It didn’t take long to figure out that Bryce Canyon, while stunning at any time of day, is, photographically, a morning location. The amphitheater (not strictly speaking a canyon since it was not formed by a river) is East-facing and the shapes and colors are best in morning light.
On our first morning, we photographed from the aptly named Inspiration Point. This overlook provides stunning views of the Silent City -- a part of Bryce with an especially dense concentration of hoodoos and fins with narrow channels between them. To modern eyes they resemble a warren of skyscrapers and narrow streets. To the native Paiutes they are the “Legend People” dressed in their finest, colorful clothing.
In the pre-dawn light the colors began to glow from the diffused light.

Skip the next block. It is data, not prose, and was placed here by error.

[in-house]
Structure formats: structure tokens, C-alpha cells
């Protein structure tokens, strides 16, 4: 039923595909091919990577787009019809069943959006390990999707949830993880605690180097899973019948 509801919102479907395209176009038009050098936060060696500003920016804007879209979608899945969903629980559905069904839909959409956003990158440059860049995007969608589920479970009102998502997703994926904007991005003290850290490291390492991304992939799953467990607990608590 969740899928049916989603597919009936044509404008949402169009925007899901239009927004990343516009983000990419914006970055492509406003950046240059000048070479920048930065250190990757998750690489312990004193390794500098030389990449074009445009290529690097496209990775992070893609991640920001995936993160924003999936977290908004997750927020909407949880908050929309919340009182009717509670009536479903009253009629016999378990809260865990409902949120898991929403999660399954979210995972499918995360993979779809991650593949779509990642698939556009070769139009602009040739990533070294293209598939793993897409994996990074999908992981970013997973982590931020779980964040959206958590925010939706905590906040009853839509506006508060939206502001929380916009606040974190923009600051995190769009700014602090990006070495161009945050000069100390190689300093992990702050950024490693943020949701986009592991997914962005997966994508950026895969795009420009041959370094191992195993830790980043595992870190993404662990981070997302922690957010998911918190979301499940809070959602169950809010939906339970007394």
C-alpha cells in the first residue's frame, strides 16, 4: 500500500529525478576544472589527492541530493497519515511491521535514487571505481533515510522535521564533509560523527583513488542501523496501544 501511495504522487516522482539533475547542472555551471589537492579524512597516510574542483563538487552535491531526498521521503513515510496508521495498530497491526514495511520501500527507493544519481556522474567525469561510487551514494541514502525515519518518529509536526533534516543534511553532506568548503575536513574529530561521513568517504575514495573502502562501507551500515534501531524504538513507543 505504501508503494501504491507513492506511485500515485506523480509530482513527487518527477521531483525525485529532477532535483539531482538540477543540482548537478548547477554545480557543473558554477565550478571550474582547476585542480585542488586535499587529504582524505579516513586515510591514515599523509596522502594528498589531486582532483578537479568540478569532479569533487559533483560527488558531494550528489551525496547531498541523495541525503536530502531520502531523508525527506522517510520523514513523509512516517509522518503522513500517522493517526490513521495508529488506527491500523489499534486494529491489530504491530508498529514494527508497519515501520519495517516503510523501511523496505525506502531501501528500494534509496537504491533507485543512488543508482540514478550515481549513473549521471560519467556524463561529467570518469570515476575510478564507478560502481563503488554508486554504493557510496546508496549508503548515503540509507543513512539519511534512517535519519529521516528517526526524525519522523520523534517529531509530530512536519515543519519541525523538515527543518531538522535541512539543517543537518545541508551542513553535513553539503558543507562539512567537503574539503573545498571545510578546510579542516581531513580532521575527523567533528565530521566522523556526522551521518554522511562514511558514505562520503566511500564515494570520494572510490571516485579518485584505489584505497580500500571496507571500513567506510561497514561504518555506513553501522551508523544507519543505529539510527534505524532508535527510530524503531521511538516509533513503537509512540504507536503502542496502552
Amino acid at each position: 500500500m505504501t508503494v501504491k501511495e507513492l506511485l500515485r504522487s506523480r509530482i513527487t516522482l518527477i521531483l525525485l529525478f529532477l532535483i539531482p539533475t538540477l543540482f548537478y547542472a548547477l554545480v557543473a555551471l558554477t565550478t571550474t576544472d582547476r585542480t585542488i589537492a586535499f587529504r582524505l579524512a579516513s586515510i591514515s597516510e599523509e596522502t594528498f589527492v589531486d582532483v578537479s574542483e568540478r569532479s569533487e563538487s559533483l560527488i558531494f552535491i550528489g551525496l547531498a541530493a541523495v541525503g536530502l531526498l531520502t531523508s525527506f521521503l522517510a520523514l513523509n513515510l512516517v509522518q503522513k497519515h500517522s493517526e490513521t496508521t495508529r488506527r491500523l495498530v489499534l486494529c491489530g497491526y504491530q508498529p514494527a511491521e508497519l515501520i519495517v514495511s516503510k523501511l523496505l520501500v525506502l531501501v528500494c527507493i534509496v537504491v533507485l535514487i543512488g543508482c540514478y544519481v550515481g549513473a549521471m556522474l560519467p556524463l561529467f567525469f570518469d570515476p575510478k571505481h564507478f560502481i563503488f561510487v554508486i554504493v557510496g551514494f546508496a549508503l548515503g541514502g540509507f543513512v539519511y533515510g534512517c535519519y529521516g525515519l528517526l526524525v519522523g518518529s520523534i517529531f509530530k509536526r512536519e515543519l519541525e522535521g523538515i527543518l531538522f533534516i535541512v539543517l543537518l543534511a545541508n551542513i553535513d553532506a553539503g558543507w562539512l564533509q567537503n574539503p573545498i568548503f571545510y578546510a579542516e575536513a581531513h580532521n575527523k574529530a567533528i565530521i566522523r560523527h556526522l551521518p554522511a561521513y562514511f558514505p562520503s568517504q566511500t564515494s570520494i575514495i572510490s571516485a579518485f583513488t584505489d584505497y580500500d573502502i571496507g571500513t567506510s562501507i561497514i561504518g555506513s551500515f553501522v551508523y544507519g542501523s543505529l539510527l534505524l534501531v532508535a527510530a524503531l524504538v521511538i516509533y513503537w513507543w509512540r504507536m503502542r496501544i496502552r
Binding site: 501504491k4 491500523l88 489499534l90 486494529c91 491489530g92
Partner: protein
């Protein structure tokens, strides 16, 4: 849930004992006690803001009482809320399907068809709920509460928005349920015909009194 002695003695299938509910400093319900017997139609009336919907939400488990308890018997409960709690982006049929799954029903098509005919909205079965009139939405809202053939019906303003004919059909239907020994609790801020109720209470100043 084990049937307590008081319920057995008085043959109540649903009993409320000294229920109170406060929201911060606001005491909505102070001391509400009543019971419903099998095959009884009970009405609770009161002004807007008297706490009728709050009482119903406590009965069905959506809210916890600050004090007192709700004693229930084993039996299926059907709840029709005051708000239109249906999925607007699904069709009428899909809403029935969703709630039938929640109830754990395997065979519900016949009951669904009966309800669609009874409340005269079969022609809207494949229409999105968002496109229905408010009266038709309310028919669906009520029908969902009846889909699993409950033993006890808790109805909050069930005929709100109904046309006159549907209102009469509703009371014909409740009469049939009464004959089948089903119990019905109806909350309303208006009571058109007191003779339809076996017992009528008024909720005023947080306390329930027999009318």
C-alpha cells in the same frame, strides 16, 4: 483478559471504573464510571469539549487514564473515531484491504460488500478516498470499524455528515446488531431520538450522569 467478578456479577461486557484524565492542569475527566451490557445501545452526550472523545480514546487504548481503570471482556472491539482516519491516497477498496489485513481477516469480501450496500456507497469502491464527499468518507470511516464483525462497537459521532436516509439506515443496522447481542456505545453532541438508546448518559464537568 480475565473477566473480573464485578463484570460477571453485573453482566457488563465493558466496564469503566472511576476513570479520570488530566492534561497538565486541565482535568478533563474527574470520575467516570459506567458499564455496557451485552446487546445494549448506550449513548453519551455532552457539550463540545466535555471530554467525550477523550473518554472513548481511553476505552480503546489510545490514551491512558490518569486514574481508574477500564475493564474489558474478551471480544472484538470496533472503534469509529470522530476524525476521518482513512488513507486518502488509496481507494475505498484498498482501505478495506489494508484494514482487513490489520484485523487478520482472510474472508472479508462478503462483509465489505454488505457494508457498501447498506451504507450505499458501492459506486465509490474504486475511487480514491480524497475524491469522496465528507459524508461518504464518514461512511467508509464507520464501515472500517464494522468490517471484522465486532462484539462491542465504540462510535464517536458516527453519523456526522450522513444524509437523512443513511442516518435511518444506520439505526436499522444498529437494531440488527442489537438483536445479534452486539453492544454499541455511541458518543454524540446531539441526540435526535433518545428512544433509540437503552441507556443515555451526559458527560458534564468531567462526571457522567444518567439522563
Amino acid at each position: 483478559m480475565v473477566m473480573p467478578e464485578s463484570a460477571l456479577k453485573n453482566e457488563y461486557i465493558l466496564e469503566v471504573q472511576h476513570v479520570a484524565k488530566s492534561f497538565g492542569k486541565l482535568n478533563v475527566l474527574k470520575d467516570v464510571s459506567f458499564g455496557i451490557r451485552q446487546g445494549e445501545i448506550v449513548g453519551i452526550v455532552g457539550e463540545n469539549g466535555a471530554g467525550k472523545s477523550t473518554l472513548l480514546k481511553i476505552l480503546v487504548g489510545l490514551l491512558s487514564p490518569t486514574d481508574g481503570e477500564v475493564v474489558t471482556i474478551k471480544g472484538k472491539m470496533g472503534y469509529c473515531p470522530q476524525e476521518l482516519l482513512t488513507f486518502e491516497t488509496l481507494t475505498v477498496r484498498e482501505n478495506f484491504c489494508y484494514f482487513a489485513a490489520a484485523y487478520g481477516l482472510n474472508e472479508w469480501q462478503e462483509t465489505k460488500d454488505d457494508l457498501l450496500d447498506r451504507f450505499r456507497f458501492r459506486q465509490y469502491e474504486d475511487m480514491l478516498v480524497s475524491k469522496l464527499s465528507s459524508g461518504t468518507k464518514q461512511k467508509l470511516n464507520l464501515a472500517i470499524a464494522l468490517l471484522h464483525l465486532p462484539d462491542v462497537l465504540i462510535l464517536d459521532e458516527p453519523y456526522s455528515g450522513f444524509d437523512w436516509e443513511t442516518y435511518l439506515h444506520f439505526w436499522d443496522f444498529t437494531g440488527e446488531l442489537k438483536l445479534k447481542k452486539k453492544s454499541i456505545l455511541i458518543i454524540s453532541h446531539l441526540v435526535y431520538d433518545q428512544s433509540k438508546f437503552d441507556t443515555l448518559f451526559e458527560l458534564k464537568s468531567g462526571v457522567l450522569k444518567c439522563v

Less than ten minutes later, directional light revealed completely different colors and highlighted the shapes of the rock formations.
On the second morning, after a sunrise shoot from Bryce overlook, I walked down into the amphitheater on the Queen’s Garden Trail to get a different view of the hoodoos. Looking up, the sky was an even deeper blue than from the rim, making a dramatic contrast with the orange hues of the rock.
On morning three, a hike along the Navaho Loop Trail provided a variety of views of Thor’s Hammer, one of the most recognizable formations and one that quickly became a favorite.
Three days is nowhere near enough time to fully explore Byrce Canyon, just enough time to whet the appetite for a return visit.